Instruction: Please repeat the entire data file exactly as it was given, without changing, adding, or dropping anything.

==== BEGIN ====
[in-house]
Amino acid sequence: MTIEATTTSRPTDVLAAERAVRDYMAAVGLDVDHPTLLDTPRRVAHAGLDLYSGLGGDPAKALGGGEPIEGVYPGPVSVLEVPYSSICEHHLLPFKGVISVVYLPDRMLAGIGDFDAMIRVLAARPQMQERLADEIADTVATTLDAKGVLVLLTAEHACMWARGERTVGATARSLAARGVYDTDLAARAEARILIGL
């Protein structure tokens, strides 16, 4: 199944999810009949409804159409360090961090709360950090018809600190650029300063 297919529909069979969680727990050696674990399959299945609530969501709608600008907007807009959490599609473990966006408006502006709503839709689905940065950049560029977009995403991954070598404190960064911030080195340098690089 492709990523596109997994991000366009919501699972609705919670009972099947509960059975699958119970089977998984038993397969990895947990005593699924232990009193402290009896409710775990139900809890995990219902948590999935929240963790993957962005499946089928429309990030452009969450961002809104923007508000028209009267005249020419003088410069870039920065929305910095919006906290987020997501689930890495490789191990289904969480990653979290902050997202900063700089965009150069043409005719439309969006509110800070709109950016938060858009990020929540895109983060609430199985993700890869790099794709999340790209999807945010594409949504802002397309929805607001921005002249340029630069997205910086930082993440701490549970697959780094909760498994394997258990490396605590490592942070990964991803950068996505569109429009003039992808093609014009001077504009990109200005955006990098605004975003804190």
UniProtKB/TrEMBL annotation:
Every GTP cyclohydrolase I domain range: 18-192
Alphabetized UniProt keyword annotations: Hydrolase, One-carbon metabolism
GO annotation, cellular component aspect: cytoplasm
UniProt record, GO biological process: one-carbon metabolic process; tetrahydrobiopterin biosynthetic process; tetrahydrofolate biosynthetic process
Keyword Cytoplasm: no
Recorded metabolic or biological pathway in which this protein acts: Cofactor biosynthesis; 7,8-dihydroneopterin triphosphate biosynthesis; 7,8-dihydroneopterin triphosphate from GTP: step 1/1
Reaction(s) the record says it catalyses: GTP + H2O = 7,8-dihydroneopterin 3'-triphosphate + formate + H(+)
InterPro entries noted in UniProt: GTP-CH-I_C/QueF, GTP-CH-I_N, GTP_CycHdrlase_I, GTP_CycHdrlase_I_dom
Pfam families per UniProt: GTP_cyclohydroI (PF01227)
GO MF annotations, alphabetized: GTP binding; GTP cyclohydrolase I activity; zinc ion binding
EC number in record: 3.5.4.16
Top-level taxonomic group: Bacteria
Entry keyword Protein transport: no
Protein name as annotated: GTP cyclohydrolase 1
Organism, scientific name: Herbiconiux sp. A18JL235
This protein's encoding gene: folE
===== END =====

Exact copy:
[in-house]
Amino acid sequence: MTIEATTTSRPTDVLAAERAVRDYMAAVGLDVDHPTLLDTPRRVAHAGLDLYSGLGGDPAKALGGGEPIEGVYPGPVSVLEVPYSSICEHHLLPFKGVISVVYLPDRMLAGIGDFDAMIRVLAARPQMQERLADEIADTVATTLDAKGVLVLLTAEHACMWARGERTVGATARSLAARGVYDTDLAARAEARILIGL
């Protein structure tokens, strides 16, 4: 199944999810009949409804159409360090961090709360950090018809600190650029300063 297919529909069979969680727990050696674990399959299945609530969501709608600008907007807009959490599609473990966006408006502006709503839709689905940065950049560029977009995403991954070598404190960064911030080195340098690089 492709990523596109997994991000366009919501699972609705919670009972099947509960059975699958119970089977998984038993397969990895947990005593699924232990009193402290009896409710775990139900809890995990219902948590999935929240963790993957962005499946089928429309990030452009969450961002809104923007508000028209009267005249020419003088410069870039920065929305910095919006906290987020997501689930890495490789191990289904969480990653979290902050997202900063700089965009150069043409005719439309969006509110800070709109950016938060858009990020929540895109983060609430199985993700890869790099794709999340790209999807945010594409949504802002397309929805607001921005002249340029630069997205910086930082993440701490549970697959780094909760498994394997258990490396605590490592942070990964991803950068996505569109429009003039992808093609014009001077504009990109200005955006990098605004975003804190």
UniProtKB/TrEMBL annotation:
Every GTP cyclohydrolase I domain range: 18-192
Alphabetized UniProt keyword annotations: Hydrolase, One-carbon metabolism
GO annotation, cellular component aspect: cytoplasm
UniProt record, GO biological process: one-carbon metabolic process; tetrahydrobiopterin biosynthetic process; tetrahydrofolate biosynthetic process
Keyword Cytoplasm: no
Recorded metabolic or biological pathway in which this protein acts: Cofactor biosynthesis; 7,8-dihydroneopterin triphosphate biosynthesis; 7,8-dihydroneopterin triphosphate from GTP: step 1/1
Reaction(s) the record says it catalyses: GTP + H2O = 7,8-dihydroneopterin 3'-triphosphate + formate + H(+)
InterPro entries noted in UniProt: GTP-CH-I_C/QueF, GTP-CH-I_N, GTP_CycHdrlase_I, GTP_CycHdrlase_I_dom
Pfam families per UniProt: GTP_cyclohydroI (PF01227)
GO MF annotations, alphabetized: GTP binding; GTP cyclohydrolase I activity; zinc ion binding
EC number in record: 3.5.4.16
Top-level taxonomic group: Bacteria
Entry keyword Protein transport: no
Protein name as annotated: GTP cyclohydrolase 1
Organism, scientific name: Herbiconiux sp. A18JL235
This protein's encoding gene: folE